Dave Andrews wonders:
For all your pretty graphs aren’t you missing something here?
The Mauna Loa, et al, figures show a roughly steady increase in atmospheric CO2 but there has been a massive increase in the burning of fossil fuels since 1990, especially, but not restricted to, India and China.
This huge increase is not being reflected by the Mauna Loa figures.
Each year we emit lots of CO2 into the atmosphere, but not all of it remains there. A substantial amount (about 45% net) is absorbed by the oceans, biosphere, and other sinks that a real expert could elaborate. But if emissions have grown as rapidly as Dave Andrews implies, why hasn’t the growth rate of CO2 grown in step?
The answer is, it has.
I found emissions data from the Energy Information Agency. Figures are given in Mt CO2 (million tonnes CO2) but we can convert that to “ppmv” (parts per million by volume in the atmosphere) by noting that 7800 Mt CO2 (7.8 Gt CO2) is about 1 ppmv. Of course we can get CO2 concentration from Mauna Loa. Then we can compute, for each year, the annual change in CO2 (which I estimated as the difference between the annual average and the previous year’s annual average). Then we can compare CO2 growth to emissions directly.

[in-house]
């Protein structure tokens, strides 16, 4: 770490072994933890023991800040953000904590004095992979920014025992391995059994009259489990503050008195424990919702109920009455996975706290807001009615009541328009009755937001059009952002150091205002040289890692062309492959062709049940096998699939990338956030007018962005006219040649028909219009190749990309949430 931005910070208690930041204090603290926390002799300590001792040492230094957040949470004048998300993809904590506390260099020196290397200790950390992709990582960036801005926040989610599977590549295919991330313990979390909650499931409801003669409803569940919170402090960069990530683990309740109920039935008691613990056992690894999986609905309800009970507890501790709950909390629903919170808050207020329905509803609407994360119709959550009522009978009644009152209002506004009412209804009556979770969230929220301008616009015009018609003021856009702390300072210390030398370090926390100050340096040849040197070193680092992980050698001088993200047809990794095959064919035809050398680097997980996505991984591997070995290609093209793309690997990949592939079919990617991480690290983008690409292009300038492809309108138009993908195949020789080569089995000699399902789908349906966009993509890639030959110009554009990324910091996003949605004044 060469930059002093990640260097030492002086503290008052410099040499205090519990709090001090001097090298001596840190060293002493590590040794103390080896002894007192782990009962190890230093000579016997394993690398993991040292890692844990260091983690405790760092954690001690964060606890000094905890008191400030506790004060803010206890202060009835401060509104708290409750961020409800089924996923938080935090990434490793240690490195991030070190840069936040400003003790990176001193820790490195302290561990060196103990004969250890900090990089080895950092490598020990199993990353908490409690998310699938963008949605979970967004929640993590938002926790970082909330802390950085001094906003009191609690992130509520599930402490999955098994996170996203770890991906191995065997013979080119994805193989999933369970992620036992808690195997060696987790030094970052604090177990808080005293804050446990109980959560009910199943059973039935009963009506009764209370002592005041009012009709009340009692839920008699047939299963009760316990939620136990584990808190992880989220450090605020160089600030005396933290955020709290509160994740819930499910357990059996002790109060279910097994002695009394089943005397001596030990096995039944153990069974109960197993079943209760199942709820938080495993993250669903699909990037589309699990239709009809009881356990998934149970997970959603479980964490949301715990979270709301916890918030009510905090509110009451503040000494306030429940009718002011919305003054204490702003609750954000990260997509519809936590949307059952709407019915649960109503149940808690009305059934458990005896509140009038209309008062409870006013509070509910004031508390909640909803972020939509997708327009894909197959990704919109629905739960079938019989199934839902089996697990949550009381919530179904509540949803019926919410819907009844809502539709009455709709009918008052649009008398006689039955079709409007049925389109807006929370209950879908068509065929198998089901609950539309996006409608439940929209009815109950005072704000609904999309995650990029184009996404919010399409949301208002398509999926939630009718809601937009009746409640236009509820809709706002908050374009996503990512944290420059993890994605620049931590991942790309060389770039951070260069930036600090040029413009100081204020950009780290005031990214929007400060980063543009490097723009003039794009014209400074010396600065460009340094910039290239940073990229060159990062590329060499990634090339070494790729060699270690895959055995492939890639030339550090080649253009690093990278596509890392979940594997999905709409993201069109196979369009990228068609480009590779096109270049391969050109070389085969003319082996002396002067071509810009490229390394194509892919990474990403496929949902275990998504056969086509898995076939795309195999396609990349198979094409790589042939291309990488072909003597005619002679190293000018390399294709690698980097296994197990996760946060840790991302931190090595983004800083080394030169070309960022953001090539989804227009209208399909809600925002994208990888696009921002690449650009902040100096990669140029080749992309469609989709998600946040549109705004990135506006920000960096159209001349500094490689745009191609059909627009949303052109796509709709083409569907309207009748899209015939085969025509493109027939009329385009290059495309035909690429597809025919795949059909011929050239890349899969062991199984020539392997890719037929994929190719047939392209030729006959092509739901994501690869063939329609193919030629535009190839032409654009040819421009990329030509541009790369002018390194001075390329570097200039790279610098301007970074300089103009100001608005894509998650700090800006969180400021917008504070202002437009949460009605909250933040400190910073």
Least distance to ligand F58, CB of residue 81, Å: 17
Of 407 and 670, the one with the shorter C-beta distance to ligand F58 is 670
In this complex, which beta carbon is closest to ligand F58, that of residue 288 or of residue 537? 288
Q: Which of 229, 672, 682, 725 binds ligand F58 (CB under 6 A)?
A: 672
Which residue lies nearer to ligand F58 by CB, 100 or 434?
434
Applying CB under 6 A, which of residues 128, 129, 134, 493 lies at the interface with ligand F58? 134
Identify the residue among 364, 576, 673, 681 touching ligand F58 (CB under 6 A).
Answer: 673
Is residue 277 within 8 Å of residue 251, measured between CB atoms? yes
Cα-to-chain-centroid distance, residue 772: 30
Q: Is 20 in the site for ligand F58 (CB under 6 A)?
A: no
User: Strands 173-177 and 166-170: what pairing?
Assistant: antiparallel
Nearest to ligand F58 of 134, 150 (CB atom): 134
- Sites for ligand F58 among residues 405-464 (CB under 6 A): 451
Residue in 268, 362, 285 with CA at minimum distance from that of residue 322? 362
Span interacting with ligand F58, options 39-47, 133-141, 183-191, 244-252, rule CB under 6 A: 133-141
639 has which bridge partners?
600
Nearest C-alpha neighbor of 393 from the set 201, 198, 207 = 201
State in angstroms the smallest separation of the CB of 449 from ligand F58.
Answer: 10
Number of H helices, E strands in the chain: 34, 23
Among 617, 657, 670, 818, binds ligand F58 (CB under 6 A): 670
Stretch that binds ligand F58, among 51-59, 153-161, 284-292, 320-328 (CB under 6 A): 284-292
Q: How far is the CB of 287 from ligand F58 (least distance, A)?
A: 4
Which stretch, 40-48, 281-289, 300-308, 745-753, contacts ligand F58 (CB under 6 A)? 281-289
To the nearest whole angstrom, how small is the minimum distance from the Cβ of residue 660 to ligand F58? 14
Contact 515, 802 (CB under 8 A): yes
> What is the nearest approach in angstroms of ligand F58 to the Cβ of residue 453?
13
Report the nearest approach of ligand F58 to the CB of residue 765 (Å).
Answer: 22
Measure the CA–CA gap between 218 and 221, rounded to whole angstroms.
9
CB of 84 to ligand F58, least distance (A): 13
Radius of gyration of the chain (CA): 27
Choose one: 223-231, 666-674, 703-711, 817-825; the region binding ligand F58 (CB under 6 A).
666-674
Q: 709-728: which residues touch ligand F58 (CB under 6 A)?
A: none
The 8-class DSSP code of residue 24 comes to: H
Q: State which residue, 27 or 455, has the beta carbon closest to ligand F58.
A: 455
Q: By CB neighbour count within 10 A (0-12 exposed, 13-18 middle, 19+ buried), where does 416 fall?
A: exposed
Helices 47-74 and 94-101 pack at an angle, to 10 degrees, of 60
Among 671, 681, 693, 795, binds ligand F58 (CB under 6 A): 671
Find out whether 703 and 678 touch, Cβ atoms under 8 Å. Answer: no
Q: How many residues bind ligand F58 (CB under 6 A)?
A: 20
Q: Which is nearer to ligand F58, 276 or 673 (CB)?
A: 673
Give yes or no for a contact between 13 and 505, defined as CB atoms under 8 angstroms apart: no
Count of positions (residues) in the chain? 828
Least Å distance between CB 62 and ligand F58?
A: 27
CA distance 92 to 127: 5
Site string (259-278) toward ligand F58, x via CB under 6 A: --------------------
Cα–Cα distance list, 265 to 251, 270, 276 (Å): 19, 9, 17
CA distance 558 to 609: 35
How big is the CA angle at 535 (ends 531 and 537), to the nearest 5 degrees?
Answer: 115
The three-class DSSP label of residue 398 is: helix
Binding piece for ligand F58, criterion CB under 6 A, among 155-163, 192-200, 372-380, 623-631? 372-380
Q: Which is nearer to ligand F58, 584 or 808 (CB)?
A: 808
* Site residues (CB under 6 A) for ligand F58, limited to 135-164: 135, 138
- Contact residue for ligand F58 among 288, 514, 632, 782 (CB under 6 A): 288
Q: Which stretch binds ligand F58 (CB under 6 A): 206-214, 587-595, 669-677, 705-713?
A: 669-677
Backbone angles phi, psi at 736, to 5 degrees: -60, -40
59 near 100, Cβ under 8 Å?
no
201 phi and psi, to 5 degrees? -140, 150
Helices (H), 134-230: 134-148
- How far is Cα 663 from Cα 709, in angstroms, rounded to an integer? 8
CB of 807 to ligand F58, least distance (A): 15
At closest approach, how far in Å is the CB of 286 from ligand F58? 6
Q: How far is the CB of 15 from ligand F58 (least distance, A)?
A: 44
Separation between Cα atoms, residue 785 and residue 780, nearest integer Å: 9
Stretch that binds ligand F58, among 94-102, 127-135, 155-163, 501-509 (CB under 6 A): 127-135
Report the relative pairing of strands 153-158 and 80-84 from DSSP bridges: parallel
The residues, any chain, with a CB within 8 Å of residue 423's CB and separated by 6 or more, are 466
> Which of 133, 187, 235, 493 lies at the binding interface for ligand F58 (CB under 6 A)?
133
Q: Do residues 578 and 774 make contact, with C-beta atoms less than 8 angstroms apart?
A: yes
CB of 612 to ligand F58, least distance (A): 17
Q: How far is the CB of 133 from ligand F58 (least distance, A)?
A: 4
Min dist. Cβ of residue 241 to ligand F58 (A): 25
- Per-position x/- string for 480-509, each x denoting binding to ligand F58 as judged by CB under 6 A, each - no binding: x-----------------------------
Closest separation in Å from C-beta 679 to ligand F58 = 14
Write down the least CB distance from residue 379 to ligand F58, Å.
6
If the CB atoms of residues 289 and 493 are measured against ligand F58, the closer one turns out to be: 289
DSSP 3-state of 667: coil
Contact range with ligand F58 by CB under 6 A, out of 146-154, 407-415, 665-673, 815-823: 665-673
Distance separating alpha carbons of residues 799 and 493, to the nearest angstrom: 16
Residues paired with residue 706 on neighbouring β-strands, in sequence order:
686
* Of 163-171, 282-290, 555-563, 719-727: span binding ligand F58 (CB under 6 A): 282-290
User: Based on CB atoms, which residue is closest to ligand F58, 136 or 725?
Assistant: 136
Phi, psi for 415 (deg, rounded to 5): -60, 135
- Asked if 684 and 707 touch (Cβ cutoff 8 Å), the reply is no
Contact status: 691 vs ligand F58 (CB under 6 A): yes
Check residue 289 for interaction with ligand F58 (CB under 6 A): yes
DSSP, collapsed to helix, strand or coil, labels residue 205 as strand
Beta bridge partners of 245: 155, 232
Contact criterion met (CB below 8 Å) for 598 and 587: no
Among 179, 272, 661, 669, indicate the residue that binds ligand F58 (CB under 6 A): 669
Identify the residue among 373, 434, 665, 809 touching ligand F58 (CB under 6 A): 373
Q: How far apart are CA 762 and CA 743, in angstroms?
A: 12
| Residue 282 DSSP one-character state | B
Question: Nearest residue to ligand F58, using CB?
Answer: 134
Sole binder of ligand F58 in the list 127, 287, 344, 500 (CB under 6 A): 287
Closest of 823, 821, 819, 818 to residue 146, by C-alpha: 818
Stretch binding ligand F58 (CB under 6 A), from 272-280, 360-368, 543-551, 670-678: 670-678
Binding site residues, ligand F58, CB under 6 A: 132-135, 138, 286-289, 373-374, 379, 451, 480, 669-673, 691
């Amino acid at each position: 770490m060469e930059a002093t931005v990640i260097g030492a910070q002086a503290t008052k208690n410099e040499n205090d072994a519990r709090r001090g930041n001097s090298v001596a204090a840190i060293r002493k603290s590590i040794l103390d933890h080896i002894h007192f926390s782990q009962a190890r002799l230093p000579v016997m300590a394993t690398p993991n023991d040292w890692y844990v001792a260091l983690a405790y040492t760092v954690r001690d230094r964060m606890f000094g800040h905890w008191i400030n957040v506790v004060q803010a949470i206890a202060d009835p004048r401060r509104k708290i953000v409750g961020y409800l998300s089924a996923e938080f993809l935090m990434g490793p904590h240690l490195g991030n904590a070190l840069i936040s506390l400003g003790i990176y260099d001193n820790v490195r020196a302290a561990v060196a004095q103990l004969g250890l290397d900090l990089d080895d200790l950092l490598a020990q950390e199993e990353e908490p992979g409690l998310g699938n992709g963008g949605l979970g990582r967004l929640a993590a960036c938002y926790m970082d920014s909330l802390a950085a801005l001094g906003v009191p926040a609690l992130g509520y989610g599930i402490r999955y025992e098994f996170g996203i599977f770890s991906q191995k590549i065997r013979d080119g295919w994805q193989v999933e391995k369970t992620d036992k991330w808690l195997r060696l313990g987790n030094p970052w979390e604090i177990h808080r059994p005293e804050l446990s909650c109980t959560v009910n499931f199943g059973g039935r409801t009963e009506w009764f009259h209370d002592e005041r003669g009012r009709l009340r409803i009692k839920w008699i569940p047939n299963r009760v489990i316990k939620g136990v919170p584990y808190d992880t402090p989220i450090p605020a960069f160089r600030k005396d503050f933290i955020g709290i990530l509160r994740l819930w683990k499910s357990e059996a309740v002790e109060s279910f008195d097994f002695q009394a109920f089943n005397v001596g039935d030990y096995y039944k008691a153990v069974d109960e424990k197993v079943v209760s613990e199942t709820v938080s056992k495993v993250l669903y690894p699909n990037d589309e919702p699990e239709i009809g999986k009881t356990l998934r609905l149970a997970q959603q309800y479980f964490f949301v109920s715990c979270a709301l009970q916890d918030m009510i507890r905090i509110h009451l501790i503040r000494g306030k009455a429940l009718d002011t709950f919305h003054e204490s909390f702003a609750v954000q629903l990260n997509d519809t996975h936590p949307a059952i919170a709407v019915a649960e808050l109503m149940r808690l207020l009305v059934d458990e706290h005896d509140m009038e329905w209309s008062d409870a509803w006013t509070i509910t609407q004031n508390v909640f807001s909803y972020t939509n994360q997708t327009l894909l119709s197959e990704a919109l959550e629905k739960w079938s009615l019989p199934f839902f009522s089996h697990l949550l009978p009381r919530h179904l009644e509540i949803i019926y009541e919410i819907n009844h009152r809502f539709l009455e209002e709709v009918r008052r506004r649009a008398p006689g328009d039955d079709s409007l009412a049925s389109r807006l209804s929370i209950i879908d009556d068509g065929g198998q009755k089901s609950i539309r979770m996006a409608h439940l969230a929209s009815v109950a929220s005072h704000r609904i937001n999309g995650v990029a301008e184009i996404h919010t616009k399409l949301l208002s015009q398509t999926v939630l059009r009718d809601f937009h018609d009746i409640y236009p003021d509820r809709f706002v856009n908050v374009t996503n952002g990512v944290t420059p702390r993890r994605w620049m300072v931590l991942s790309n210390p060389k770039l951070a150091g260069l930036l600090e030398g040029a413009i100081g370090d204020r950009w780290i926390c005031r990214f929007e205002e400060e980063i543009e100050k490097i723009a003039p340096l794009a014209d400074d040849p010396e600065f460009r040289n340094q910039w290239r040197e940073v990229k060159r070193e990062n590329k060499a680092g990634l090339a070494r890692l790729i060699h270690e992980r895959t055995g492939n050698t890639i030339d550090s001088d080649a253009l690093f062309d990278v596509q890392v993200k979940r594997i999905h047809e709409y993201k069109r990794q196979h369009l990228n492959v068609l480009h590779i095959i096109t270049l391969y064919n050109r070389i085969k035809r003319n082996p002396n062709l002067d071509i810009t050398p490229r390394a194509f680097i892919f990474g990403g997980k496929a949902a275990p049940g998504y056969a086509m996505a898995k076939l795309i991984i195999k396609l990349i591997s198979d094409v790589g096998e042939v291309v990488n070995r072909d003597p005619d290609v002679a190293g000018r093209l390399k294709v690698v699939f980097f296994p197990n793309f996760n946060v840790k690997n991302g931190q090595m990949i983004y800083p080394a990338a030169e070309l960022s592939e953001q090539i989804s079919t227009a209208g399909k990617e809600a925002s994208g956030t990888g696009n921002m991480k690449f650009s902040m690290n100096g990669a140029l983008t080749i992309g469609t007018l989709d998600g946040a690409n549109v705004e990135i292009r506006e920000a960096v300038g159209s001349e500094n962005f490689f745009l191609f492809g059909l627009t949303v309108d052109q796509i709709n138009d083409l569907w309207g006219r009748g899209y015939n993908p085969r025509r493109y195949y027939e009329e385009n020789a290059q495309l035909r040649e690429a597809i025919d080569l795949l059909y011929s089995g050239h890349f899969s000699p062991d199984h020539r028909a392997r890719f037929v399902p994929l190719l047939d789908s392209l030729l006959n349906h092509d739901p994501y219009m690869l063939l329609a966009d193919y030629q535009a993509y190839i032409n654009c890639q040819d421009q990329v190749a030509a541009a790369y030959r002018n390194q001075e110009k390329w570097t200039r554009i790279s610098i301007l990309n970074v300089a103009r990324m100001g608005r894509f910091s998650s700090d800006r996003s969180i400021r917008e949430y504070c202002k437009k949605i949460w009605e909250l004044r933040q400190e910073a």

Since only about 55% of emissions remain airborne, I actually compared CO2 annual change to 55% of emissions:
Emissions have indeed grown, and if you want to call the growth “massive” that’s OK with me. But if you do, you also have to refer to the increase in annual CO2 growth rate as “massive.” They certainly are comparable.
We can also, for each year, compute the fraction of emissions which equals the annual increment, i.e., the “airborne fraction” for emissions that year. And here it is:
Linear regression fails to detect any significant trend; it’s obvious that the airborne fraction fluctuates a lot from year to year, but there doesn’t seem to be any trend.
So no, it’s not true that the “increase is not being reflected by the Mauna Loa figures.”